On 16 June 1998, the Navy and Marine Corps were conducting their annual strategy meeting entitled "Current Strategy Forum". This year's meeting was held at the U.S. Naval War College in Newport, Rhode Island. A source who was in attendance at the meeting reported that he was shocked by a sentence uttered by the Under Secretary of the Navy, if only for its remarkable candor.

Our source reports, "After speaking for about 30 minutes from his prepared notes, the U.S. Under Secretary of the Navy, the Honorable Jerry MacArthur, then began to answer questions. After answering several questions, Mr. MacArthur made this statement, apparently off the cuff: "Senior Military Pentagon officials have been working closely with senior officials at Wall Street to perfect severa scenarios that could quickly be put into action once Wall Street crashes."

Notice the Under Secretary did not say "could crash" or "may possible crash." He emphatically stated that the Pentagon is fully expecting it to crash. Food for thought for the still-bullish among us. With that in mind, we will proceed to lay out a financial blueprint, so to speak, that should enable the prudent investor to safely navigate the monetary minefield that lies ahead.

For our core position, we want to hold 15%-25% (depending upon the degree of the investor's conservatism) in precious metals. Most of this should be held in physical bullion form, especially non-numismatic gold and silver bullion coins. We do not especially recommend numismatic, or collector, gold and silver coins but neither do we deter investors from acquiring them. It has been our observation, however, that collectable coins tend to lose their collector value in a deflation or depression (both of which we are expecting) with only the inherent value remaining. It should be strongly noted that the market for any collectable item is cyclical and subject to the vagaries of the market just as any commodity. Stick mainly to U.S. Gold Eagles and British Sovereigns (for their metallic purity).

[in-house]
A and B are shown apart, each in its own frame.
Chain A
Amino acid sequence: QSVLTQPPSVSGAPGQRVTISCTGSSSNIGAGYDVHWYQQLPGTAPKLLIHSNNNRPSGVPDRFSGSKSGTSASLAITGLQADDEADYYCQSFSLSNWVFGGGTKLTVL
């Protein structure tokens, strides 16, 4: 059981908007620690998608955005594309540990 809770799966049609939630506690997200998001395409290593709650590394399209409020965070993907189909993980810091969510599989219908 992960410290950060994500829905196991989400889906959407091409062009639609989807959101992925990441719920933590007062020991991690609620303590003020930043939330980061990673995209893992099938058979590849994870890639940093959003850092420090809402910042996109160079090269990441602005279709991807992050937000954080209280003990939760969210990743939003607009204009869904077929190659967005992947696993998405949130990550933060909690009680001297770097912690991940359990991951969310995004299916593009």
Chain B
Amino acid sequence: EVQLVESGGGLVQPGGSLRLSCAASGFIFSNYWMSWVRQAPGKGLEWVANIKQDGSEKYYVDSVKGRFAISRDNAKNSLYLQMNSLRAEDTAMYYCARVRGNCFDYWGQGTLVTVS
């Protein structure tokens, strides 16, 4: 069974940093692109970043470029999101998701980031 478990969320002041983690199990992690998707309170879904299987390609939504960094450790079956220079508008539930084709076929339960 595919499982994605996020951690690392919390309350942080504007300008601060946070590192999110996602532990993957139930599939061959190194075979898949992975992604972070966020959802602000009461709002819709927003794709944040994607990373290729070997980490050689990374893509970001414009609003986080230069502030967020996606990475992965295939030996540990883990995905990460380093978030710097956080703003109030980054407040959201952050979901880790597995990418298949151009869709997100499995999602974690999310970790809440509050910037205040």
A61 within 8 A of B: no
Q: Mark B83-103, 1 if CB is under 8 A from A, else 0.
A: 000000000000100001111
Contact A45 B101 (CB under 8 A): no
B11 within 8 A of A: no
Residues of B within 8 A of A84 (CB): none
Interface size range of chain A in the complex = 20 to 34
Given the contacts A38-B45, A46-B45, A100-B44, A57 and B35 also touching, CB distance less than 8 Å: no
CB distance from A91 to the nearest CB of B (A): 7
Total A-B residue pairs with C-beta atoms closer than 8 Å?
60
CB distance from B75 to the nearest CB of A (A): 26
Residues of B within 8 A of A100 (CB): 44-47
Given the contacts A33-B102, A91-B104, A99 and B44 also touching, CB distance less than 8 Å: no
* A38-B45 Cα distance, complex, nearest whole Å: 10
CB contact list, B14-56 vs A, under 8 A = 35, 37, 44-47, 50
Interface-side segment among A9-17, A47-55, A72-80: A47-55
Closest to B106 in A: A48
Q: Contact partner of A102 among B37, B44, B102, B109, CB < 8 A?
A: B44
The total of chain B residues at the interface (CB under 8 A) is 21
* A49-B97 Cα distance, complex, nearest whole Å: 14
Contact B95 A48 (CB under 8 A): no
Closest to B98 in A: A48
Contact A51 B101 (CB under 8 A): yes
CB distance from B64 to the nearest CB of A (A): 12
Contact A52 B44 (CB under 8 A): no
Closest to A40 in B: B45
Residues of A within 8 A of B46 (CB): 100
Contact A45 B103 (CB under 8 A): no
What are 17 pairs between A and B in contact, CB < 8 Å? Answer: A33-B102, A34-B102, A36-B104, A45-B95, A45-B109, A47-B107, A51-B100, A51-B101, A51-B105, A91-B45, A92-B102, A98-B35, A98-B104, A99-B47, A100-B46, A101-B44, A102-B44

Also, we advise investors to avoid gold and silver stocks like the plague at the present time as they are tied to the overall stock market and could easily sink right along with the market itself during an equities meltdown. At the very least, one should consult with a reputable precious metals stock advisor before attempting a foray into this speculative sector. After we have established a firm anchor for our portfolio in the form of our precious metals holding, we should move onward to yet another reliable, low-risk investment, that of short-term "CDs" (certificates of deposit). We recommend 30-90 day maturity CDs, obtainable at your local bank. Recommended are only short-term CDs due to the utter necessity for liquidity in such a volatile market as we are now experiencing. And before making any significant financial transaction at a banking institution, make sure your money is safe and in an established bank by ordering a report from a bank rating service such as Veribanc (800/44-BANKS), Standard & Poor's (212/208-8000) or Moody's (212/553-0546).